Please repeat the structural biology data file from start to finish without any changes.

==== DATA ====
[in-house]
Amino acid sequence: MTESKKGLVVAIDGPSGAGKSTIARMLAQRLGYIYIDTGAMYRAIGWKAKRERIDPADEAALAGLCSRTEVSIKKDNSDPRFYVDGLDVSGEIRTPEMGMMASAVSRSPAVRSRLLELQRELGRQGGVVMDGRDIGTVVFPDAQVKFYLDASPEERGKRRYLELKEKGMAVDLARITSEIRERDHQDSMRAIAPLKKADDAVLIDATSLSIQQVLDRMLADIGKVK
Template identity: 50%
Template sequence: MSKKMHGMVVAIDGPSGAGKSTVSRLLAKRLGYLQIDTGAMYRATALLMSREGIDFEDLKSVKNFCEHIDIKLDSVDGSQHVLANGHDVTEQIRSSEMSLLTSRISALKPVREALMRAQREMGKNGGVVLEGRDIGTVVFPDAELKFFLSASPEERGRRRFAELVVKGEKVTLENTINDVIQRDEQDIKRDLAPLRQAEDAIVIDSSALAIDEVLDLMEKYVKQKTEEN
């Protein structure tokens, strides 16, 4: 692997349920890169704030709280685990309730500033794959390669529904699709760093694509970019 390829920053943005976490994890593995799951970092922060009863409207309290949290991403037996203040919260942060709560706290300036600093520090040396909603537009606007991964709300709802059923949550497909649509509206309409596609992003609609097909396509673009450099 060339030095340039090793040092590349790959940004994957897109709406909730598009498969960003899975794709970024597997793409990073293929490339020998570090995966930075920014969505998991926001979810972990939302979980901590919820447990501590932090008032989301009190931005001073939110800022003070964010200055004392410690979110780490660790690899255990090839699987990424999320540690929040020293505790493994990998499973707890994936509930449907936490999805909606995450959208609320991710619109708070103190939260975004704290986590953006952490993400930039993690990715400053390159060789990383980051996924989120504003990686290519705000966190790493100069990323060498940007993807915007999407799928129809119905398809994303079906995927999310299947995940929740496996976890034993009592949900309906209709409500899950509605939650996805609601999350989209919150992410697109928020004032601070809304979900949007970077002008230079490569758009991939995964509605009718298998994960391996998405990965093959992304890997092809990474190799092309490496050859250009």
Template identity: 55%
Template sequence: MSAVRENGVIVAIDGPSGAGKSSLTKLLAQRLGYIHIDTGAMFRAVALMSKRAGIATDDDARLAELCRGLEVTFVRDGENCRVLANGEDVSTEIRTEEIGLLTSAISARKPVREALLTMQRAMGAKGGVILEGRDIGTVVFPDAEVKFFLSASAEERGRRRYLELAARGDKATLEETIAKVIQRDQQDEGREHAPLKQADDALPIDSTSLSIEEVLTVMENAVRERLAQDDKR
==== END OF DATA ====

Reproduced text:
[in-house]
Amino acid sequence: MTESKKGLVVAIDGPSGAGKSTIARMLAQRLGYIYIDTGAMYRAIGWKAKRERIDPADEAALAGLCSRTEVSIKKDNSDPRFYVDGLDVSGEIRTPEMGMMASAVSRSPAVRSRLLELQRELGRQGGVVMDGRDIGTVVFPDAQVKFYLDASPEERGKRRYLELKEKGMAVDLARITSEIRERDHQDSMRAIAPLKKADDAVLIDATSLSIQQVLDRMLADIGKVK
Template identity: 50%
Template sequence: MSKKMHGMVVAIDGPSGAGKSTVSRLLAKRLGYLQIDTGAMYRATALLMSREGIDFEDLKSVKNFCEHIDIKLDSVDGSQHVLANGHDVTEQIRSSEMSLLTSRISALKPVREALMRAQREMGKNGGVVLEGRDIGTVVFPDAELKFFLSASPEERGRRRFAELVVKGEKVTLENTINDVIQRDEQDIKRDLAPLRQAEDAIVIDSSALAIDEVLDLMEKYVKQKTEEN
């Protein structure tokens, strides 16, 4: 692997349920890169704030709280685990309730500033794959390669529904699709760093694509970019 390829920053943005976490994890593995799951970092922060009863409207309290949290991403037996203040919260942060709560706290300036600093520090040396909603537009606007991964709300709802059923949550497909649509509206309409596609992003609609097909396509673009450099 060339030095340039090793040092590349790959940004994957897109709406909730598009498969960003899975794709970024597997793409990073293929490339020998570090995966930075920014969505998991926001979810972990939302979980901590919820447990501590932090008032989301009190931005001073939110800022003070964010200055004392410690979110780490660790690899255990090839699987990424999320540690929040020293505790493994990998499973707890994936509930449907936490999805909606995450959208609320991710619109708070103190939260975004704290986590953006952490993400930039993690990715400053390159060789990383980051996924989120504003990686290519705000966190790493100069990323060498940007993807915007999407799928129809119905398809994303079906995927999310299947995940929740496996976890034993009592949900309906209709409500899950509605939650996805609601999350989209919150992410697109928020004032601070809304979900949007970077002008230079490569758009991939995964509605009718298998994960391996998405990965093959992304890997092809990474190799092309490496050859250009």
Template identity: 55%
Template sequence: MSAVRENGVIVAIDGPSGAGKSSLTKLLAQRLGYIHIDTGAMFRAVALMSKRAGIATDDDARLAELCRGLEVTFVRDGENCRVLANGEDVSTEIRTEEIGLLTSAISARKPVREALLTMQRAMGAKGGVILEGRDIGTVVFPDAEVKFFLSASAEERGRRRYLELAARGDKATLEETIAKVIQRDQQDEGREHAPLKQADDALPIDSTSLSIEEVLTVMENAVRERLAQDDKR